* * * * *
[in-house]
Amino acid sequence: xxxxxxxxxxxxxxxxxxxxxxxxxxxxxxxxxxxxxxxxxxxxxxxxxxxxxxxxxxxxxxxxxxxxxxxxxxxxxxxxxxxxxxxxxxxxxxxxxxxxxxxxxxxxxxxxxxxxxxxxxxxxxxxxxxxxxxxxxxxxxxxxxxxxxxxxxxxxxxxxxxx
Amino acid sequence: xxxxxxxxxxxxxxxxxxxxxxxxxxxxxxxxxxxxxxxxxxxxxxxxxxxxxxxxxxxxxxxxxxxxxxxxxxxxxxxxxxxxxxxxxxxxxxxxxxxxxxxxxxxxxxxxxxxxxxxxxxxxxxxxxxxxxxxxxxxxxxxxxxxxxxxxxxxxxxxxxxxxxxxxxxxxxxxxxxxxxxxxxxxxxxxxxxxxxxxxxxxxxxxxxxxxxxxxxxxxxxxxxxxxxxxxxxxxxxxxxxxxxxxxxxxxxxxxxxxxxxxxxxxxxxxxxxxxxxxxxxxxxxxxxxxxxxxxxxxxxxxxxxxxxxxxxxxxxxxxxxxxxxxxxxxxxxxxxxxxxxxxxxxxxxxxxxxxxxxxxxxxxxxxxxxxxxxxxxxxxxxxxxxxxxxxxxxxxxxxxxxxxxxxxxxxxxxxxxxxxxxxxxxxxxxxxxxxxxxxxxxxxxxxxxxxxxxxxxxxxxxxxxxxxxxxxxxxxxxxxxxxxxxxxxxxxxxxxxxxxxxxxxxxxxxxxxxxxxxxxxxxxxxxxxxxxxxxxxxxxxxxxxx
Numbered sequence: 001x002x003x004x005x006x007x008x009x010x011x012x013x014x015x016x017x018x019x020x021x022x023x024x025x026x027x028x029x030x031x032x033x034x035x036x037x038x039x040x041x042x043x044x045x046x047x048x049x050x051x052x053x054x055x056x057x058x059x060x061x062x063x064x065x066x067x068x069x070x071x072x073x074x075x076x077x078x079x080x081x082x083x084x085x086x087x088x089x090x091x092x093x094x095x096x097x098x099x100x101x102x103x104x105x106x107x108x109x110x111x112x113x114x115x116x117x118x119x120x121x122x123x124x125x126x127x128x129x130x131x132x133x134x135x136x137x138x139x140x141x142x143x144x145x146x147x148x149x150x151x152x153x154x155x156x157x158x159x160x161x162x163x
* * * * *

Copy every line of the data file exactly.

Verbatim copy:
[in-house]
Amino acid sequence: xxxxxxxxxxxxxxxxxxxxxxxxxxxxxxxxxxxxxxxxxxxxxxxxxxxxxxxxxxxxxxxxxxxxxxxxxxxxxxxxxxxxxxxxxxxxxxxxxxxxxxxxxxxxxxxxxxxxxxxxxxxxxxxxxxxxxxxxxxxxxxxxxxxxxxxxxxxxxxxxxxx
Amino acid sequence: xxxxxxxxxxxxxxxxxxxxxxxxxxxxxxxxxxxxxxxxxxxxxxxxxxxxxxxxxxxxxxxxxxxxxxxxxxxxxxxxxxxxxxxxxxxxxxxxxxxxxxxxxxxxxxxxxxxxxxxxxxxxxxxxxxxxxxxxxxxxxxxxxxxxxxxxxxxxxxxxxxxxxxxxxxxxxxxxxxxxxxxxxxxxxxxxxxxxxxxxxxxxxxxxxxxxxxxxxxxxxxxxxxxxxxxxxxxxxxxxxxxxxxxxxxxxxxxxxxxxxxxxxxxxxxxxxxxxxxxxxxxxxxxxxxxxxxxxxxxxxxxxxxxxxxxxxxxxxxxxxxxxxxxxxxxxxxxxxxxxxxxxxxxxxxxxxxxxxxxxxxxxxxxxxxxxxxxxxxxxxxxxxxxxxxxxxxxxxxxxxxxxxxxxxxxxxxxxxxxxxxxxxxxxxxxxxxxxxxxxxxxxxxxxxxxxxxxxxxxxxxxxxxxxxxxxxxxxxxxxxxxxxxxxxxxxxxxxxxxxxxxxxxxxxxxxxxxxxxxxxxxxxxxxxxxxxxxxxxxxxxxxxxx
Numbered sequence: 001x002x003x004x005x006x007x008x009x010x011x012x013x014x015x016x017x018x019x020x021x022x023x024x025x026x027x028x029x030x031x032x033x034x035x036x037x038x039x040x041x042x043x044x045x046x047x048x049x050x051x052x053x054x055x056x057x058x059x060x061x062x063x064x065x066x067x068x069x070x071x072x073x074x075x076x077x078x079x080x081x082x083x084x085x086x087x088x089x090x091x092x093x094x095x096x097x098x099x100x101x102x103x104x105x106x107x108x109x110x111x112x113x114x115x116x117x118x119x120x121x122x123x124x125x126x127x128x129x130x131x132x133x134x135x136x137x138x139x140x141x142x143x144x145x146x147x148x149x150x151x152x153x154x155x156x157x158x159x160x161x162x163x